Pet Food Recalls and Your Dog
Have your dog food or dog treats been recalled? Wondering what that really means? The Federal Drug Administration (FDA) governs the contents of dog food and dog treats. When a dog food is recalled, it is either because a needed ingredient is not in the food, or something that is not supposed to be in there is present.
The first case, where a needed ingredient is supposed to be there but is not, is the rarer of the two cases. It does happen occasionally, as dog food has to meet minimum standards for nutrition and if those are not met, the food must be recalled. Cat owners may remember several recalls for a deficiency in the nutrient taurine, which cats cannot make themselves and must get from their food.
By far the most common causes for recalls are because something that is not supposed to be in the dog food is present. Who can forget the horrible cases of melamine in dog food that caused liver and kidney failure in so many dogs and cats a few years ago? A Chinese company had added the melamine to wheat gluten to increase the protein level of the powder so it would pass nutritional tests. Now ingredients are tested more extensively for foreign substances such as melamine to prevent a re-occurrence of this disaster.
The most common reason for recalls these days is the presence of salmonella in dog food or dog treats. Pig ears and similar treats are especially vulnerable to this problem. While salmonella is not a big problem for the dog, it is serious for the owner. Handling the dog food, or playing with the dog right after it has eaten, can expose the owner to the disease. Salmonella makes healthy adults very ill, and can kill the young, the elderly, and anyone with a compromised immune system.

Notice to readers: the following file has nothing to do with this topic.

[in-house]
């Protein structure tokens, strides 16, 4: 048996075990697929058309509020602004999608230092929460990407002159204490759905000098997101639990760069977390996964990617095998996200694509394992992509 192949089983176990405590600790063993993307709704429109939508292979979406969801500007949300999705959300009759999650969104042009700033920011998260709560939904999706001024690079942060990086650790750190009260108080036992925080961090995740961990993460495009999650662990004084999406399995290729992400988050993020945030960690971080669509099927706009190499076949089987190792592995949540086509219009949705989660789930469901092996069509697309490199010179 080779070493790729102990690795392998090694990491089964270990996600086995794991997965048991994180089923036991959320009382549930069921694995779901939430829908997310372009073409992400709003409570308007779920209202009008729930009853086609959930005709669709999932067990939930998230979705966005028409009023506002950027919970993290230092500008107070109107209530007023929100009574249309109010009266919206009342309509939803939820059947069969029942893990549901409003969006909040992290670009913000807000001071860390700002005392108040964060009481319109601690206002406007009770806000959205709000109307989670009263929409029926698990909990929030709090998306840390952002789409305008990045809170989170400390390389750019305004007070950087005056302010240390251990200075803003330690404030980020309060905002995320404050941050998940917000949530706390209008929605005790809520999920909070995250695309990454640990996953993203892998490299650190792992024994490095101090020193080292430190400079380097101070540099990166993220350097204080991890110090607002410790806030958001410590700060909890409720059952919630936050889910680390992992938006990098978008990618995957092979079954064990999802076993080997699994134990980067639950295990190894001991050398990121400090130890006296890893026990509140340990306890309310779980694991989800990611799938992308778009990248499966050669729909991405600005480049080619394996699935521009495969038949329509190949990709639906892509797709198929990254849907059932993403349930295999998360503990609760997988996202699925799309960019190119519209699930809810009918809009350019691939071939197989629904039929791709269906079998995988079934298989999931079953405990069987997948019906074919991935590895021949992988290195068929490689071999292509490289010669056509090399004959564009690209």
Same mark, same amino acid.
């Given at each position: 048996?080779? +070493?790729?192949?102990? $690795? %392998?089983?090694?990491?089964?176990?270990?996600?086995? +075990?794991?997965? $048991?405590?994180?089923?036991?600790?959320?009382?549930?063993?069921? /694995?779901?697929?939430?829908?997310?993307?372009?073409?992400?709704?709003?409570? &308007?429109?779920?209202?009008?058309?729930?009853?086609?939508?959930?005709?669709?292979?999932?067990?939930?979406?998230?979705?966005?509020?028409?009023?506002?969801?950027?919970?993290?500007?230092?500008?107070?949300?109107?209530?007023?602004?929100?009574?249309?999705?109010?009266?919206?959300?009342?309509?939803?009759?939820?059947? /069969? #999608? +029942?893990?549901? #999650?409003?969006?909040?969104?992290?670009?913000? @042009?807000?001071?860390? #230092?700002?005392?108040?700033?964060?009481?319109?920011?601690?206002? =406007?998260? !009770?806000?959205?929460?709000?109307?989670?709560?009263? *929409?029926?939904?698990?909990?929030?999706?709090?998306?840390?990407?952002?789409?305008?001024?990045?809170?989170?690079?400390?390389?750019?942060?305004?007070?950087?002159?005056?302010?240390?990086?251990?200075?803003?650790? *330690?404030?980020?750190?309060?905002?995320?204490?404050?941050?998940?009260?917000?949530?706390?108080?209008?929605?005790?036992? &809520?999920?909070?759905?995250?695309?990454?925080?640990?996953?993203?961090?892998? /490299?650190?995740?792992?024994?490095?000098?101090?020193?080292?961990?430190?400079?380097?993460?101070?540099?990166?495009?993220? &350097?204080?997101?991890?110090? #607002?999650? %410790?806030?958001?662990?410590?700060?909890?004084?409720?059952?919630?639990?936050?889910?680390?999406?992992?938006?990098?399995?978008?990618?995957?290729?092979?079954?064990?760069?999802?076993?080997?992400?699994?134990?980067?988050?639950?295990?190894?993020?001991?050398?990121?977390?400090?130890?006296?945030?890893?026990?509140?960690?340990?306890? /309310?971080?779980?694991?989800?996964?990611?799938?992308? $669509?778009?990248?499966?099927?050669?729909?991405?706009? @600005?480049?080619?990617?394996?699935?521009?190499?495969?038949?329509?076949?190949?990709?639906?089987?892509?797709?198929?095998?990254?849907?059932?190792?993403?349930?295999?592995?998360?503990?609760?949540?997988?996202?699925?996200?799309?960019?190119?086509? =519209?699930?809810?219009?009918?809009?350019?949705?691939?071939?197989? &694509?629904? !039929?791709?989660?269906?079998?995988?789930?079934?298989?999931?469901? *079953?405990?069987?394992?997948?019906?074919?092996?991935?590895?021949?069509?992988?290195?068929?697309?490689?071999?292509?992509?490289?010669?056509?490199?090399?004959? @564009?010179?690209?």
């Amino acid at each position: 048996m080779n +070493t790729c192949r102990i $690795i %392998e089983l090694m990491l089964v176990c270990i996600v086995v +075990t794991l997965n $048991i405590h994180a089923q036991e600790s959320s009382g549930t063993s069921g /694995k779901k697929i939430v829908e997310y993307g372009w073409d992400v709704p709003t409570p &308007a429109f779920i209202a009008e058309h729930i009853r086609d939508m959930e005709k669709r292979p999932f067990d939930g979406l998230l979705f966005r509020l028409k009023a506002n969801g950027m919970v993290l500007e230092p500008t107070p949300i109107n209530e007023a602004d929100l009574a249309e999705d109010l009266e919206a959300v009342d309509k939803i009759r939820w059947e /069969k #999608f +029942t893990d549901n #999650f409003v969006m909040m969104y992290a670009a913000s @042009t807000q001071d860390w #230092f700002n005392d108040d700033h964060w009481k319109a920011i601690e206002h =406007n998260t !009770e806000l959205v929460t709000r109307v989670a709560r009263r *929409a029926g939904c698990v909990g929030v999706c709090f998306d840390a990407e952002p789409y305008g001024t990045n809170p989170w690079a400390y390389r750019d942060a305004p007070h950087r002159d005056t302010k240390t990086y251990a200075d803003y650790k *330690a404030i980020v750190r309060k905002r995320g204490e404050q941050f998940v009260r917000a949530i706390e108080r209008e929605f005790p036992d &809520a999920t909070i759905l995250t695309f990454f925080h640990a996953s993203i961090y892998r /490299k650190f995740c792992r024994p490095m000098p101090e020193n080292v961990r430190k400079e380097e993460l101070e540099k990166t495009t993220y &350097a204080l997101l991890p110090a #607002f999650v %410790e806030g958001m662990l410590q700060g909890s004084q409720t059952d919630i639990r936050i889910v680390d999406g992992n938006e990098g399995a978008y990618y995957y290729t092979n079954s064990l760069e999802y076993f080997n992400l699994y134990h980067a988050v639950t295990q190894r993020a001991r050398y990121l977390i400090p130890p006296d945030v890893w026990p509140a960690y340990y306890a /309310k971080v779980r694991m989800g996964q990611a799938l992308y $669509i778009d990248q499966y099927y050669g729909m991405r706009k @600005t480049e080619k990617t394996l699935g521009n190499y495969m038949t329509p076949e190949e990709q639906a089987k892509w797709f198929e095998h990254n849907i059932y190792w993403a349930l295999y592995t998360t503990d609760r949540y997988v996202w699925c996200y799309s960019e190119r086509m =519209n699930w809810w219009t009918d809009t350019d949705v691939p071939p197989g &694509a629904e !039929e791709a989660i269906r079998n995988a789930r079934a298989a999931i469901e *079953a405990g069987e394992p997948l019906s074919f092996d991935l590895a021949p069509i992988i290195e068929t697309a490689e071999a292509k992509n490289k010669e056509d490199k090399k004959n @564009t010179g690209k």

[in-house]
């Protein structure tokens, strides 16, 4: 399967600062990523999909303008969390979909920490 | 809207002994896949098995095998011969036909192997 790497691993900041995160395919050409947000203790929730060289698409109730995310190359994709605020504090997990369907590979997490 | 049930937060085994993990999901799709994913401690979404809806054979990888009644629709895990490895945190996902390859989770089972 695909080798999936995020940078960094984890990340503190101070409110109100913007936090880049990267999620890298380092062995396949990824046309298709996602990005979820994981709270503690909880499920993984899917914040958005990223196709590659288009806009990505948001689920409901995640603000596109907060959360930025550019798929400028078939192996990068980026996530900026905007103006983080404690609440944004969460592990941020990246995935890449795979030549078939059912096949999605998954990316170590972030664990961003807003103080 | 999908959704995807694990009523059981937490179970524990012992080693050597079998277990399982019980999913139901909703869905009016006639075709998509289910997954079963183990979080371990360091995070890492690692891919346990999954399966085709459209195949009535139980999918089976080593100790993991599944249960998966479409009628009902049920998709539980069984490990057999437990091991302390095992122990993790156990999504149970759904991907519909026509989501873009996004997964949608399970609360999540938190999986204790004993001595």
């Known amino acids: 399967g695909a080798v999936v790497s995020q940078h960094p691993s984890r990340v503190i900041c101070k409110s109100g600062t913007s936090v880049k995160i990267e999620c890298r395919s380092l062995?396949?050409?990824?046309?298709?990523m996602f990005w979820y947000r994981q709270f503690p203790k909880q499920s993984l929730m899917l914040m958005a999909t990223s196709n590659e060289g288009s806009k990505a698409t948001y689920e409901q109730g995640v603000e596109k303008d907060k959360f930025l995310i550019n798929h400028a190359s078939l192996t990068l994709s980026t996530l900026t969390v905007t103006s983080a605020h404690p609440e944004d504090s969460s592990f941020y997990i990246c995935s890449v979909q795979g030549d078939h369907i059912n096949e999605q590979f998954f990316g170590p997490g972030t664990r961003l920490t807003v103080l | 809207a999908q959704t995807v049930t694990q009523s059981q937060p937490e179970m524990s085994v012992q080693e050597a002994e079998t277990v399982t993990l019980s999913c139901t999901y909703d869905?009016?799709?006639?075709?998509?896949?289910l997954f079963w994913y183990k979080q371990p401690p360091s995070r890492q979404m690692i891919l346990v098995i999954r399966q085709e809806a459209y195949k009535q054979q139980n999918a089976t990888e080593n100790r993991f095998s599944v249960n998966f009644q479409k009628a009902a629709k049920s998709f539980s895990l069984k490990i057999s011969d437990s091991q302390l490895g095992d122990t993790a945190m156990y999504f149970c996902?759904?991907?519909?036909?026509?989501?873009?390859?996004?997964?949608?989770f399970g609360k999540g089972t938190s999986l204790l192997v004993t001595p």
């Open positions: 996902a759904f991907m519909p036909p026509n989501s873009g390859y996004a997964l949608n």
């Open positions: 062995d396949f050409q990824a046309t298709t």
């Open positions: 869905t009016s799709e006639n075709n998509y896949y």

What should you do to protect your dog from a recall? Generally, the recall notice will give directions for handling the recalled dog food or treat. Usually, you return it to the place you bought it for a refund. Recalls are usually advertised in magazines and newspapers, but the FDA has a website for pet food recalls that also includes treats. This website is http://www.accessdata.fda.gov/scripts/newpetfoodrecalls/.
In summary, animal products are recalled because they fail to meet nutritional standards because of the absence of an ingredient, or too low a level of an ingredient, or the presence of something that should not be there, such as containment like salmonella. The FDA lists such recalls on its website and pet food companies list them in newspapers and magazines. In most cases, consumers return the food or treat to the store where they purchased it for a refund.
Dog food in the United States is safer than almost anywhere else in the world. Occasional problems do creep in, however, so vigilance is necessary to protect your pet from them.